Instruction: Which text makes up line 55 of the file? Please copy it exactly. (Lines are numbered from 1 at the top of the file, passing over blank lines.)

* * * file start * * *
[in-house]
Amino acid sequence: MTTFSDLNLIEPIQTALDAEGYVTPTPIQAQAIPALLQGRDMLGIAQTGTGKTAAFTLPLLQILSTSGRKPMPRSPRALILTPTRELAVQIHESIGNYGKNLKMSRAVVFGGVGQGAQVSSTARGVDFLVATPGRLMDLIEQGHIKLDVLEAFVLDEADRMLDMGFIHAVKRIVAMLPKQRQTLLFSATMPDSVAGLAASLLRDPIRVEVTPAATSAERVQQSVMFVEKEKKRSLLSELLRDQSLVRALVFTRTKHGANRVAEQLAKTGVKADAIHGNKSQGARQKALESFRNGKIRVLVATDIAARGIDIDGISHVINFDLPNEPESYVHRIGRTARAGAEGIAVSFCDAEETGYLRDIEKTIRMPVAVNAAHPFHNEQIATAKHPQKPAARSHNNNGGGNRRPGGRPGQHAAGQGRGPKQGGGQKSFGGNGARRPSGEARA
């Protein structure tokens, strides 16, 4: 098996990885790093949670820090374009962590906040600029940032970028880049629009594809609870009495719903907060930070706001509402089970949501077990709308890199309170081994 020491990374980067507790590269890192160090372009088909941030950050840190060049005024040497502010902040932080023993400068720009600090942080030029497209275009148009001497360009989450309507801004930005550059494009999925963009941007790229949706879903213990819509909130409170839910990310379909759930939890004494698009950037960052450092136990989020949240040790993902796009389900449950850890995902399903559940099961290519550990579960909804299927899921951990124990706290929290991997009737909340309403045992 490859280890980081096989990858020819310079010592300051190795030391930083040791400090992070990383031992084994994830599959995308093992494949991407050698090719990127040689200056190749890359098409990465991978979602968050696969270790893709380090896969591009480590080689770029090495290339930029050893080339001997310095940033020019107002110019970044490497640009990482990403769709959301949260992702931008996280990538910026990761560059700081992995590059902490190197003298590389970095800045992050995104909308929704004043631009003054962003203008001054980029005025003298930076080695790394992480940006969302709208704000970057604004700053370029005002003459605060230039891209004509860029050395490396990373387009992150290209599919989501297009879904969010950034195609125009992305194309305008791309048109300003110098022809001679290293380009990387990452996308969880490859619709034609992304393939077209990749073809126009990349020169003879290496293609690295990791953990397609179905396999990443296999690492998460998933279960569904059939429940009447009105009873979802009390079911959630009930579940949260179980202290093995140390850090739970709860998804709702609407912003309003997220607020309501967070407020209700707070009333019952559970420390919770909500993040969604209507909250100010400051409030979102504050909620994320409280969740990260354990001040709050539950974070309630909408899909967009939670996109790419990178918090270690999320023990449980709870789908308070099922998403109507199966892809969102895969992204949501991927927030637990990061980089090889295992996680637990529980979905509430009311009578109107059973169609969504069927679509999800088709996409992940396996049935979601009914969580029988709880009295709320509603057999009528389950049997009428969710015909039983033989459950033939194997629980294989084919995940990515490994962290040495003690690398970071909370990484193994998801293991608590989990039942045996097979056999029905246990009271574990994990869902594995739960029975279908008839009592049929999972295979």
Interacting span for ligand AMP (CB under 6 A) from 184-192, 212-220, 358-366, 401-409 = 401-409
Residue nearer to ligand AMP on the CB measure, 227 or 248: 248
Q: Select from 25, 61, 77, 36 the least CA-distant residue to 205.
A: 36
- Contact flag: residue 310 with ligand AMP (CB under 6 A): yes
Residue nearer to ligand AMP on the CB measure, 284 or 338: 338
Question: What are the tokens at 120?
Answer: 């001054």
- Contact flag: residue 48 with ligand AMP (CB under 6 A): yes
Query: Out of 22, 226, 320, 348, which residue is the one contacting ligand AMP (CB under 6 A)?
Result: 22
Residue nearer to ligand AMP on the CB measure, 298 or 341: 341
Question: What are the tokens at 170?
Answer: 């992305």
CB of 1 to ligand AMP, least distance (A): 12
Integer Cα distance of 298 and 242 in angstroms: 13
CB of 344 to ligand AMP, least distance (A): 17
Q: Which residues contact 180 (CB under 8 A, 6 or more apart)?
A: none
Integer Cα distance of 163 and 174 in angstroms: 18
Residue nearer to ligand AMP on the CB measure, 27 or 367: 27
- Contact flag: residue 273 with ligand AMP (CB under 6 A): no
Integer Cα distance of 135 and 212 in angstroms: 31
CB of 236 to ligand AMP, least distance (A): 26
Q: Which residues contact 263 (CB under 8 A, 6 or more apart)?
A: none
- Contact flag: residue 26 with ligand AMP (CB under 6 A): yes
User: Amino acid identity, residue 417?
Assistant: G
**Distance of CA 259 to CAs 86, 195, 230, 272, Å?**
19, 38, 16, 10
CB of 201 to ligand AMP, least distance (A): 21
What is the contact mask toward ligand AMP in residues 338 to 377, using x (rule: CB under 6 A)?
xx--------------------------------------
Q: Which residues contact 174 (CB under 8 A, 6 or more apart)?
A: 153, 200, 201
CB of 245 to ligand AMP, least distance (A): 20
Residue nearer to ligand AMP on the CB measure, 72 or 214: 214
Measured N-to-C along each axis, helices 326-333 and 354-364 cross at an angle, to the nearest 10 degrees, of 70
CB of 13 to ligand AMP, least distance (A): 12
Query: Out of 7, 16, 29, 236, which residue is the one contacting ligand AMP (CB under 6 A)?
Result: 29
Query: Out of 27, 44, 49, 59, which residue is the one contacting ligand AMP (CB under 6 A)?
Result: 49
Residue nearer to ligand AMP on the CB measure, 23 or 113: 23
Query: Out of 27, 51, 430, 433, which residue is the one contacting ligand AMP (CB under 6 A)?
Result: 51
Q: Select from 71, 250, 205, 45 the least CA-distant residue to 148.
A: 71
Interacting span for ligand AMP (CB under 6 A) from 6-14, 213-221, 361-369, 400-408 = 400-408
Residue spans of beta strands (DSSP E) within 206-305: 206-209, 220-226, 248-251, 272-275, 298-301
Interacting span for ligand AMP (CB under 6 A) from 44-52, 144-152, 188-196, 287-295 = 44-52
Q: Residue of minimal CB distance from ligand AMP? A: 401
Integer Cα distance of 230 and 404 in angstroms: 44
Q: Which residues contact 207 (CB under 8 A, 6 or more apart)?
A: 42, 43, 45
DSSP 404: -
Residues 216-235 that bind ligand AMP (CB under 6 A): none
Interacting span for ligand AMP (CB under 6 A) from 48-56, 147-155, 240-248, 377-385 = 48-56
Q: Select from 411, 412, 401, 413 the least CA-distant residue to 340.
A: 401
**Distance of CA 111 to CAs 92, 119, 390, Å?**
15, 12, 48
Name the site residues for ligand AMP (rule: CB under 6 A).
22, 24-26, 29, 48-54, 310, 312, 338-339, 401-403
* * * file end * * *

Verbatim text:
Interacting span for ligand AMP (CB under 6 A) from 44-52, 144-152, 188-196, 287-295 = 44-52